Sunday, January 6, 2013

Heroes and Villains


A few years ago when I wasn't living in Britain, I wrote about fanzines and the importance they had played and speculated about their decline: (http://footballrambles.blogspot.co.uk/2008/03/football-culture-fanzine-culture.html)

However since my return I hadn't bought a fanzine until yesterday. Back in the day I read them pretty religiously and never missed a copy of 'Heroes and Villains' or later 'Never loved Ellis'. In fact I went as far as to write my dissertation on it and with the social change that was going on in football they had an important role to play culturally as a whole or dealt with issues affecting certain clubs, i.e. 'The Mag' (Newcastle), 'Not the View' (Celtic) and 'King of the Kippax' (Manchester City) or were just plainly hilarious 'A love Supreme' (Sunderland), 'Forever Blowing Bubbles' (West Ham) and 'Bernard of the Bantams' (Bradford City). Nowadays football fanzines are less in evidence, perhaps because of the rise of the Internet and also probably because of the rise of the Middle Class fan. The only reason that I'm saying this is that I noticed that 'the Oatcake' was selling like hot cakes at Stoke, where their brand of football and culture isn't exactly to the taste of the oxymoronic 'Guardian' reading Sky TV watchers. Another reason that I hadn't bought a fanzine was that the clubs that I tend to watch can hardly justify the programmes print runs that they are under duress to produce never mind an independent fanzine. The other and final reason was that the only Villa fanzine left is 'Heroes and Villains'.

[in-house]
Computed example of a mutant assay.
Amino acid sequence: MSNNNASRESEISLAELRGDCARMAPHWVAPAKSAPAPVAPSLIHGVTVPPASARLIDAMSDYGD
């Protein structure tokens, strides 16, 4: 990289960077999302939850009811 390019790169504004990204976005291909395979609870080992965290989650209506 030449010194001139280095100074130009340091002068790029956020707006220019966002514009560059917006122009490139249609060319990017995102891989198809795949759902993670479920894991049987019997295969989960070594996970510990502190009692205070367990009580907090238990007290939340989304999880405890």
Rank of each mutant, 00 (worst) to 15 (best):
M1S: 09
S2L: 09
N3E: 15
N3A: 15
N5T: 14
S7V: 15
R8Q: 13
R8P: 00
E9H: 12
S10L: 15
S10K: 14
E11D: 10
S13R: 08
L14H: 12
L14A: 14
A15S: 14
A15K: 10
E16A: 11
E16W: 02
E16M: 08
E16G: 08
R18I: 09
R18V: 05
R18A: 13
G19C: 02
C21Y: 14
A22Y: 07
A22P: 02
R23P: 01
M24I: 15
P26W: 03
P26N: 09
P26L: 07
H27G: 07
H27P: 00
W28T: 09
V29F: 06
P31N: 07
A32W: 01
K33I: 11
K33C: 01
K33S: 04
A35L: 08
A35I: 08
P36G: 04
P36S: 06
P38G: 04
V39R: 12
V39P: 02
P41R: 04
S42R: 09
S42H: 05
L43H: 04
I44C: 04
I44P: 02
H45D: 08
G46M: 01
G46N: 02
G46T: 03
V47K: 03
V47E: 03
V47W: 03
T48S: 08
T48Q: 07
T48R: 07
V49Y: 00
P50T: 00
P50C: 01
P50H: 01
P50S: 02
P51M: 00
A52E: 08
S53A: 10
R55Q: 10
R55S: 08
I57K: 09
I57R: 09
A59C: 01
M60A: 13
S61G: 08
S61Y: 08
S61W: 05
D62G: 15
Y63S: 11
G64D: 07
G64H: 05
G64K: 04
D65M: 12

I got a bit sick of H&V back in the day, mainly because I thought that it was excessive in its moaning and kind of fed the stereotype of the miserable Villa fan. It seemed to me that they would find anything to be disgruntled about, for example when we had a decent team they spent the most of one issue moaning about a deviation in the kit design from claret with blue sleeves. However, I picked up a copy yesterday and was pleasantly surprised and for the amount of stuff packed in it £2 didn't seem too excessive. Sure, there were some page fillers and the joke about the defence on the back cover is a bit of an easy target and having a go at Doug Ellis seems a bit irrelevant now, even if he still is a dispeakable old git. And having a go at Stoke, well we've heard it all before, it's all true, but I need to hear it again about as much as I need to hear Gangnam Style again.

There was some stuff that I enjoyed though and the stuff that is negative mainly justified and they try to put some perspective to some of the stuff that is going wrong at Villa Park. There's an interesting article on players who had their Villa careers cut short and of course Gary Shaw features heavily there. A decent article about why the media have it in for the Villa (OK, that's negative, but well written). An article on one of the things that I like tub thumping about - how good the German model of football is - ; I have to admit though I've gone on it that much myself I didn't enjoy it that much! An interesting look back at the 1989-90 season that really took me back. And also another article on wins over Man United that took me back to Didier Six's explosive debut back in 1984. There are also a load of other articles, but those were the ones that I enjoyed the most, and there's plenty of positivity about Lambert's young lions despite the disastrous Christmas period and the fanzine finishes with a look at where Villa have missed out on the FA Cup and why 2013 may be our year.

So I am a convert back to 'Heroes and Villains' after about 20 years of not rating it or ignoring it and it has whetted my appetite to keep a look out for other fanzines in the future.

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